What will happen to my sick time?

For fully-furloughed employees, sick time will remain on the books at the College. Employees who have been furloughed and taken off schedule will be able to use their sick time when they return to scheduled hours. Employees whose hours are being reduced by 50% will continue to accrue sick leave at 50% of the regular rate.

How long will furloughs last?

Furloughs will be effective Oct. 1 with affected employees being paid for the month of September.

We expect furloughs would last through Dec. 31, assuming we will be able to return students to campus in the spring.

There may be instances when staff who are furloughed are asked to come back to work early to prepare for reopening.

As always, please make sure we have the most updated contact information (home address, home/cell phone and personal email) for you, which can be found on your Workday profile under contacts. 

Will furloughs extend into the spring?

At this point, we are planning for furloughs to last through December. It is possible we will have to be online again in the spring, which would compel us to continue furloughs, but we are not ready to make that decision yet.

If we must continue remote education through spring semester, the furloughs that are currently partial would in most cases become full furloughs at that point, as our financial challenges would escalate.

With Pomona’s large endowment, why does the College have to furlough staff?

The College is fully utilizing the endowment, within our internal guidelines and legal boundaries.

The endowment funds most of our operating budget and has already allowed us to pay all faculty and staff through this crisis, meet the urgent financial demands of the crisis like increased financial support to students, protecting employee benefits such as health coverage and supporting faculty efforts to convert the curriculum to online instruction. 

The purpose of the endowment is to support the College today, tomorrow and in perpetuity; spending more from the endowment now will impact our budgets down the road.

We feel an obligation to prioritize our academic mission as the very reason the College exists.  We feel a deep commitment to affirming the dignity of all our employees. As the pandemic and resulting economic factors lead to temporary furloughs, our aim is to bring affected employees back to work as soon as possible.

How many people are being furloughed?

We are furloughing 154 employees who work in functions that are completely shut down and 110 employees whose hours will be reduced by half because their workload has been curtailed.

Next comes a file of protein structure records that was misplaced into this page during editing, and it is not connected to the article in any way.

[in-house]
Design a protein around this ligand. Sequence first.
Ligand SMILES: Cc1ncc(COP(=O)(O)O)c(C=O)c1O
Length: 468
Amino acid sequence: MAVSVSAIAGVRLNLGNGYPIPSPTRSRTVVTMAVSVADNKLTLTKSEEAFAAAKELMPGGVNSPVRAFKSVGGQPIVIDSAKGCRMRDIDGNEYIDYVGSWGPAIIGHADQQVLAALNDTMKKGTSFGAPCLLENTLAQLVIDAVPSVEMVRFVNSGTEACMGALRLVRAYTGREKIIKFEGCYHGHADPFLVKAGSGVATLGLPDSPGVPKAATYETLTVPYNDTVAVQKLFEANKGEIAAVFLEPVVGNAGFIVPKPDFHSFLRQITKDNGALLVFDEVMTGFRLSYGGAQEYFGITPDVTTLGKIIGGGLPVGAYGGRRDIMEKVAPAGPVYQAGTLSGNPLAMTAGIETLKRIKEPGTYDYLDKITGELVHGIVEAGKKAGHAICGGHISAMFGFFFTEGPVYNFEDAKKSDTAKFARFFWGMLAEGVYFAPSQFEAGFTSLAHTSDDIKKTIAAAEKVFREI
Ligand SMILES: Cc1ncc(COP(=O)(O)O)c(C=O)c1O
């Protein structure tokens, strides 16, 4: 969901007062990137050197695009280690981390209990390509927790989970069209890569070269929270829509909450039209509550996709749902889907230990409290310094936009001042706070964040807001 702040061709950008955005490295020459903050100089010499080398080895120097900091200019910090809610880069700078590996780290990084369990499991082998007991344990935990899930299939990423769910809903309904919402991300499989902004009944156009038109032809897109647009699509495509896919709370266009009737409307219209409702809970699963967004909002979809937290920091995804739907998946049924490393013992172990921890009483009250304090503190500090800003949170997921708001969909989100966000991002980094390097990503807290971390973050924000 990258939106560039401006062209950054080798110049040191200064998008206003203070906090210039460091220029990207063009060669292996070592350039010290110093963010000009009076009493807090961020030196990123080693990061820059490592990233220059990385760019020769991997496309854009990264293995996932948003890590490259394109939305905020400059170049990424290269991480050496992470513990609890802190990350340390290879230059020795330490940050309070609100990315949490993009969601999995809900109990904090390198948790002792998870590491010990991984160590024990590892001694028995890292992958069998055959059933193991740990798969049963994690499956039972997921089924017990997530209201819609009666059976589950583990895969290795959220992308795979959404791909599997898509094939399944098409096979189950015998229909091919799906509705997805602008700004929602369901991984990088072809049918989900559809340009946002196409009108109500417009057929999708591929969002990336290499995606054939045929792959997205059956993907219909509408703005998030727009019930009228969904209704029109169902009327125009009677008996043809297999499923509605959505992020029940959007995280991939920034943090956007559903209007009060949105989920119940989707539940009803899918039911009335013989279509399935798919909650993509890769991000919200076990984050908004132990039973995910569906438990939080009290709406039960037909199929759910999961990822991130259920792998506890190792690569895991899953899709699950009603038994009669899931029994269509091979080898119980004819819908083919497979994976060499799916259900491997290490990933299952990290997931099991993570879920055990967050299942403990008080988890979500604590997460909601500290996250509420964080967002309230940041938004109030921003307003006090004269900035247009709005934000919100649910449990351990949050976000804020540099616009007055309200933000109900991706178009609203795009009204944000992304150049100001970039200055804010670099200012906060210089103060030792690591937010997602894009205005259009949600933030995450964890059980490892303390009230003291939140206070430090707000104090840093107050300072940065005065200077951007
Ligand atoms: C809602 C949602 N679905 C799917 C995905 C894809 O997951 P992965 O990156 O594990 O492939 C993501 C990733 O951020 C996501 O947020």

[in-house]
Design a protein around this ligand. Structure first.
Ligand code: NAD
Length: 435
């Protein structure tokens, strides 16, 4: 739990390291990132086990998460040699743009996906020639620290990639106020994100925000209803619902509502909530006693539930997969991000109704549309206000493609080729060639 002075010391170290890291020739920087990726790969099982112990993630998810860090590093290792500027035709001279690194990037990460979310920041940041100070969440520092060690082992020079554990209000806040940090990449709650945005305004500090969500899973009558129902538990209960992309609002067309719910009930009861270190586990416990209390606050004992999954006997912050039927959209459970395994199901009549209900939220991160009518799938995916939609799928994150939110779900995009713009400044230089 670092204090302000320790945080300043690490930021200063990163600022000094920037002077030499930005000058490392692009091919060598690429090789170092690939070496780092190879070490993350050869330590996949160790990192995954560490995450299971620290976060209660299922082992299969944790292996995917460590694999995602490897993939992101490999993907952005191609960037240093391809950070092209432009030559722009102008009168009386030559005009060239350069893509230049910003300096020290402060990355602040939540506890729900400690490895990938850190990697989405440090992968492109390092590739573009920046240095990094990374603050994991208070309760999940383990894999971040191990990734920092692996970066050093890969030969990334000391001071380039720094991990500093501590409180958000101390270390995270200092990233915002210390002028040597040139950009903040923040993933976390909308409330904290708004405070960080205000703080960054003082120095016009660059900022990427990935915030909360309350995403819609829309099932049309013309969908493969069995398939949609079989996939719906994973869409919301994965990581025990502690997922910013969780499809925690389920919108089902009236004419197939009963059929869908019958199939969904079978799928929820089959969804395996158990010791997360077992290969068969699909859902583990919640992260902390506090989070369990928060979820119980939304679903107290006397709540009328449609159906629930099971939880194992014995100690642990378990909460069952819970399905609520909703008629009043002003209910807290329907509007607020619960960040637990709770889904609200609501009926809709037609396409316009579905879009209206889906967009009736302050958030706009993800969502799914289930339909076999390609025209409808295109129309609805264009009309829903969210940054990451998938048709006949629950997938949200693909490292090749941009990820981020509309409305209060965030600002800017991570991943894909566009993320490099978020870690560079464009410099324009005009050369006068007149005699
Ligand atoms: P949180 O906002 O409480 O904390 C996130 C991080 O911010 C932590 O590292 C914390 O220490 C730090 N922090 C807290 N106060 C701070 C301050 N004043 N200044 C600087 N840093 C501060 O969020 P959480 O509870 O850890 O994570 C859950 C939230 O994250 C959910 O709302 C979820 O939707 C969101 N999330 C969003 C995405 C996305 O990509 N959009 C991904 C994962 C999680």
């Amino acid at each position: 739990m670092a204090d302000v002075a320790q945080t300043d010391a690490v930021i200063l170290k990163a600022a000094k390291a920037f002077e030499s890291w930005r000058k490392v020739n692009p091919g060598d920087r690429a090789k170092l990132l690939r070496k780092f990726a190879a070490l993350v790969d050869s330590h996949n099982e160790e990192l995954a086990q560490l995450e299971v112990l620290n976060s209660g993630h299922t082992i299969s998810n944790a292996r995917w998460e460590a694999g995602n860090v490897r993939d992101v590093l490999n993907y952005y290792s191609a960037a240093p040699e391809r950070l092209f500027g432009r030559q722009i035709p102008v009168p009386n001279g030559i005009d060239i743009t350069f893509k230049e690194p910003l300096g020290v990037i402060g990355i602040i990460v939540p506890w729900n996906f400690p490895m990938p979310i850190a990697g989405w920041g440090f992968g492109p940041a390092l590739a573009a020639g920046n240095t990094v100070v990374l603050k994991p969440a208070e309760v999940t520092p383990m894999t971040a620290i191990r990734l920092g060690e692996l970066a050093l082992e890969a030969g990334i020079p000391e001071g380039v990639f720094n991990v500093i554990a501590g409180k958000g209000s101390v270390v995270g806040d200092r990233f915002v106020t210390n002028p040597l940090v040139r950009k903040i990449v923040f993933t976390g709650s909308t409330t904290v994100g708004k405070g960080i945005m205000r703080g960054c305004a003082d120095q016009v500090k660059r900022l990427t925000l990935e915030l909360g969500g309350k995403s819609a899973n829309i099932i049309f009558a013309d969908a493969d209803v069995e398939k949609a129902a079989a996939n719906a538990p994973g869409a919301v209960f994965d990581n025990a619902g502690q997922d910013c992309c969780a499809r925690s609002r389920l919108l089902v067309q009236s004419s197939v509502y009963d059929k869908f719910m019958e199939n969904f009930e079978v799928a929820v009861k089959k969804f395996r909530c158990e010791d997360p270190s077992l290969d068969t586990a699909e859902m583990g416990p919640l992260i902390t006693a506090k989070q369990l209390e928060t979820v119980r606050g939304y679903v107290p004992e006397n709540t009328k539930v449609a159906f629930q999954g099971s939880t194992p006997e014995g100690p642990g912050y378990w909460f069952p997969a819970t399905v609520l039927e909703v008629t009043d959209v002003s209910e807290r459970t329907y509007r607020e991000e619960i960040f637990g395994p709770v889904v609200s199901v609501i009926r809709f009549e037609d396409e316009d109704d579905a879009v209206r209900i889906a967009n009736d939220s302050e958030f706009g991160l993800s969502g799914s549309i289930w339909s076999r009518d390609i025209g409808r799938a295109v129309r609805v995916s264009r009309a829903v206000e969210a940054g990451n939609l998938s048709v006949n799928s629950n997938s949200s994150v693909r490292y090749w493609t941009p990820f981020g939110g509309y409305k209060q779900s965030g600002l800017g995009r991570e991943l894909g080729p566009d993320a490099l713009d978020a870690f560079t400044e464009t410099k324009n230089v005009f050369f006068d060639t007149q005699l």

Did you consider salary cuts instead of furloughs?

We did consider reducing salaries for faculty and staff across the board. But in a difficult situation, we determined it would be fairer to temporarily furlough those employees with no work to do or who can only now work partial hours because of sharply curtailed activity in their work area. This approach maintains the connection between work and pay, instead of paying employees not to work while reducing the pay of those who would still be working.

Are you going to cut administrator salaries?

President Starr and the vice presidents who report directly to her will take a pay cut for as long as the furlough lasts. For all other staff and faculty, we are freezing salaries at last fiscal year’s level.

What about job sharing instead of furloughs?

Vice presidents can consider job sharing arrangements whereby staff are partially furloughed, but decisions must be based on the needs of the College.

Will the College offer an early retirement program?

We are considering offering an early retirement program and are thinking through the parameters. We will provide more information in the coming weeks.

Can I volunteer to accept a furlough if that means that somebody else can continue working?

No. We would furlough staff whose jobs have been shut down or who can’t work full time because their functions have been curtailed. Those who are not furloughed are expected to work. Should a situation arise when a staff person can no longer work, they should contact their supervisor and HR for further discussion.

Will the College cut benefits to meet budget shortfalls?

We have no plans to reduce benefits for faculty and staff. A salary freeze is in effect.

Can I take an emergency loan from the retirement plan?

Due to the pandemic, the federal government has made provisions by which some may qualify to take emergency loans from retirement benefits. Employees are now eligible to withdraw up to $100,000, but this withdrawal is not tax-free to the employee. Due to a provision in the CARES Act, employees may temporarily withdraw from the employer portion of the retirement plan as well. Each situation is unique and any employee seeking this option should contact TIAA and their tax preparer for more information on whether they qualify.